Safety and privacy are like Siamese twins on the classical internet, inseparable. On the Internet of Things their relationship is perhaps a little more complicated. If only because you can no longer withdraw from the arena. You simply can't log out anymore, as Katleen Gabriels puts it. This Flemish woman is Assistant Professor at the TU/e section Philosophy & Ethics and has written a popular scientific book, Onlife, about this issue, based on her postdoctoral research.”
The way Gabriels sees it, we need to make rigorous efforts to minimize the harmful effects of the IoT on our privacy. “I often attend conferences about internet technology and, to be honest, I am shocked by the type of user information new apps often collect. That the people who invent them then simply point out that the user gave permission when installing the app is something else I find shocking.”
The large technology companies, often dubbed the ‘big five’ (Google, Facebook, Apple, Amazon and Microsoft), are the organizations ideally placed to benefit from the indelible digital tracks that everyone leaves behind in the Internet of Things era. Not only what you do on a computer or smartphone can be tracked, but also the information that smart devices pass on to their manufacturers (the smart toothbrush not only knows how well you brush, but can also estimate how late you go to bed, and perhaps how often you sleep elsewhere, and when).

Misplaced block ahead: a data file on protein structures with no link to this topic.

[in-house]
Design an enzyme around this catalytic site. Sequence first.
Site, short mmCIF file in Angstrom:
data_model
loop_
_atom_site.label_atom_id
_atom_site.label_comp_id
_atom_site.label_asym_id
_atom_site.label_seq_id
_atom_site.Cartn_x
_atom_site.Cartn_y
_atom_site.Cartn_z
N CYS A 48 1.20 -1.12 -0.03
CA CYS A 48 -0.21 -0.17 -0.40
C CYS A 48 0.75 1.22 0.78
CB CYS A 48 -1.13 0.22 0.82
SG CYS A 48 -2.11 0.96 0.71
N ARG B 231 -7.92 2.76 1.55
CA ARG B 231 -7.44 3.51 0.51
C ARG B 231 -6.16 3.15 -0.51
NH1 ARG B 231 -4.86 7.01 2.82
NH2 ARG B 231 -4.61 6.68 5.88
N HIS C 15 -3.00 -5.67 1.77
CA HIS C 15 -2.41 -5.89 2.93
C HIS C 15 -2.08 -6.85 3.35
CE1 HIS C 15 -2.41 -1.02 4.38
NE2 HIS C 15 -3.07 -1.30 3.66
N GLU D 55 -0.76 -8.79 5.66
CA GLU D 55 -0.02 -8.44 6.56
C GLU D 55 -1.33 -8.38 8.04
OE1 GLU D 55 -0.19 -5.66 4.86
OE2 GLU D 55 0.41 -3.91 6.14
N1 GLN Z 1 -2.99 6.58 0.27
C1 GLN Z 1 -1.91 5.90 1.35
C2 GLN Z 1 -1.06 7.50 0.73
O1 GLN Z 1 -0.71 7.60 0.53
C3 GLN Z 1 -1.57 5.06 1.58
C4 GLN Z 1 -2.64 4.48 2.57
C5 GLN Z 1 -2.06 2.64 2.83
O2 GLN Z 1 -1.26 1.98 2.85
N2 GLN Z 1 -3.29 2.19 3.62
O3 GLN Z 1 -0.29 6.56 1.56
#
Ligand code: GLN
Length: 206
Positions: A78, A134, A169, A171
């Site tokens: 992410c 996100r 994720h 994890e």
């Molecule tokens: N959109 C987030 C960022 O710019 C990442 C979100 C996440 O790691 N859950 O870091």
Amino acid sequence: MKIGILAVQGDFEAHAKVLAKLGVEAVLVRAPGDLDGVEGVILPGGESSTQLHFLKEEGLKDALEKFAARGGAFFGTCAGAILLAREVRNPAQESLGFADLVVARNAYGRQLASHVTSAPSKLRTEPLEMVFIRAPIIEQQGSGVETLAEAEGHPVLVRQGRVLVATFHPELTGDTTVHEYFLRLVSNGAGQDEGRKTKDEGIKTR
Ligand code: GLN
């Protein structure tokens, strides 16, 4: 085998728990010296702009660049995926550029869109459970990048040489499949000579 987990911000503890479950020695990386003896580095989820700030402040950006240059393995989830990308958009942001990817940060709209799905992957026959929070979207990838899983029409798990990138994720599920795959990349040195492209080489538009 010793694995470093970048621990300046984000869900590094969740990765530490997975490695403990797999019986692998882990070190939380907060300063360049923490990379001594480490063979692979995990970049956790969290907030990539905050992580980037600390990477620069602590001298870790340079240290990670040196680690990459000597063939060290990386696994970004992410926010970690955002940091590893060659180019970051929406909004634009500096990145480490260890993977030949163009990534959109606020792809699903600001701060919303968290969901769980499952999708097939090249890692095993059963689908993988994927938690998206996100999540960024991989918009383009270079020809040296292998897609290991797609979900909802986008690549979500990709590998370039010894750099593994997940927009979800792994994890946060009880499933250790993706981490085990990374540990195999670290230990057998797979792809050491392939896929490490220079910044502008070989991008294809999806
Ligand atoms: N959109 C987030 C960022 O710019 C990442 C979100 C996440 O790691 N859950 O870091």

Dubious companies aren't the only agents who can abuse these data. Since recently in China, for example, the streets have been hung with cameras whose facial recognition technology means they can track whether you run a red light. This information is linked to a national database in which everyone's 'social credit score' is logged, a score with far-reaching effects, including whether or not you are eligible for a job, or a home. Of course, criticism of those in power, spotted via whatever channel (online, security cameras or the smartphone that's eavesdropping) is disastrous for people living under such a system, Gabriels points out. “For one-party states, this technology is enough to trigger a wet dream.”
And the Internet of Things already exists, the philosopher admits. “This isn't a pipe dream. There are apps that can secretly analyze your driving style in the car. There are sites where you can watch non-stop what poorly secured security cameras are recording. People working at home are monitored by Time Doctor, software that makes screenshots to see what you are doing. And we even join in by choice: at Kruidvat drugstore, you can buy the Spotter, a GPS tracker you can use to trace your child at all times.” Which means hackers can too.
Privacy as showstopper
Exarchakos, a technology man himself, shares Gabriels’ concerns. If the privacy problems related to the IoT are not resolved, the entire technology may fall out of favor, he fears. “It will depend to a large extent on the privacy aspect whether society accepts this technology. Every generation has a different attitude towards privacy, but it's evident that people are now becoming increasingly skeptical. And rightly so, when you consider that a lot of personal data is being sold. As an individual you have little power in this discussion, so collective action is needed.”